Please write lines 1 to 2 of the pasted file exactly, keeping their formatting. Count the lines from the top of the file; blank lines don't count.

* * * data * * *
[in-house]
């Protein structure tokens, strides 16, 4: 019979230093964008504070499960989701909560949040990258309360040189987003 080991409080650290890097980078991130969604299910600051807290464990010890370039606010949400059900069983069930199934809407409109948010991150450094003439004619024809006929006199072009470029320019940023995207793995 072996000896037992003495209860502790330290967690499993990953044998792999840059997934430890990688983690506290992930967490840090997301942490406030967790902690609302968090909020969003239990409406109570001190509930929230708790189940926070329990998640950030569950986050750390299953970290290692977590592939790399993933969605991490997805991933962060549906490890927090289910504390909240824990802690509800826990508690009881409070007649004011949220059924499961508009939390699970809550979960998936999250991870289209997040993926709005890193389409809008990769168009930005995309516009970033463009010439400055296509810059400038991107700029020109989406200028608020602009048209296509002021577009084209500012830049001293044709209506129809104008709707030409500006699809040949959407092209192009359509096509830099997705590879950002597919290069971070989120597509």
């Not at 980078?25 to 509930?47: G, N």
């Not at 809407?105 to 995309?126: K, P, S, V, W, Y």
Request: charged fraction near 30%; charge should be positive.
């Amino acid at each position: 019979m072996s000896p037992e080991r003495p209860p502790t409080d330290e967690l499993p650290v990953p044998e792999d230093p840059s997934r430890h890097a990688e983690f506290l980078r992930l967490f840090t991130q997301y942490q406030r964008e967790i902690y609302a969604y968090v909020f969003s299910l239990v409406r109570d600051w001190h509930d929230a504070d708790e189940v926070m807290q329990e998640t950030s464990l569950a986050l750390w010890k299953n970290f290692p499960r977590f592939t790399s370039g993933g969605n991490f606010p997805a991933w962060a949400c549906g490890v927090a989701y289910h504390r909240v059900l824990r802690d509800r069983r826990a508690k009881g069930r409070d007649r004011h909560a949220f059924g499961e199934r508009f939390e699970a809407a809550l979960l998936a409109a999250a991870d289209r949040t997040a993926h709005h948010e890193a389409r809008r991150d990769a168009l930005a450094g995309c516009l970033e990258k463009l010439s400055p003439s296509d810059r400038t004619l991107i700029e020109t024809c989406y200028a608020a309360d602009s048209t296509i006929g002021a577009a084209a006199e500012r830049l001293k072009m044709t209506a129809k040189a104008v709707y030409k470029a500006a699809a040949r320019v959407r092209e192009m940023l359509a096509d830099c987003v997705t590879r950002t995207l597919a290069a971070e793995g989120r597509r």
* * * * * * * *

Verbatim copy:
[in-house]
């Protein structure tokens, strides 16, 4: 019979230093964008504070499960989701909560949040990258309360040189987003 080991409080650290890097980078991130969604299910600051807290464990010890370039606010949400059900069983069930199934809407409109948010991150450094003439004619024809006929006199072009470029320019940023995207793995 072996000896037992003495209860502790330290967690499993990953044998792999840059997934430890990688983690506290992930967490840090997301942490406030967790902690609302968090909020969003239990409406109570001190509930929230708790189940926070329990998640950030569950986050750390299953970290290692977590592939790399993933969605991490997805991933962060549906490890927090289910504390909240824990802690509800826990508690009881409070007649004011949220059924499961508009939390699970809550979960998936999250991870289209997040993926709005890193389409809008990769168009930005995309516009970033463009010439400055296509810059400038991107700029020109989406200028608020602009048209296509002021577009084209500012830049001293044709209506129809104008709707030409500006699809040949959407092209192009359509096509830099997705590879950002597919290069971070989120597509």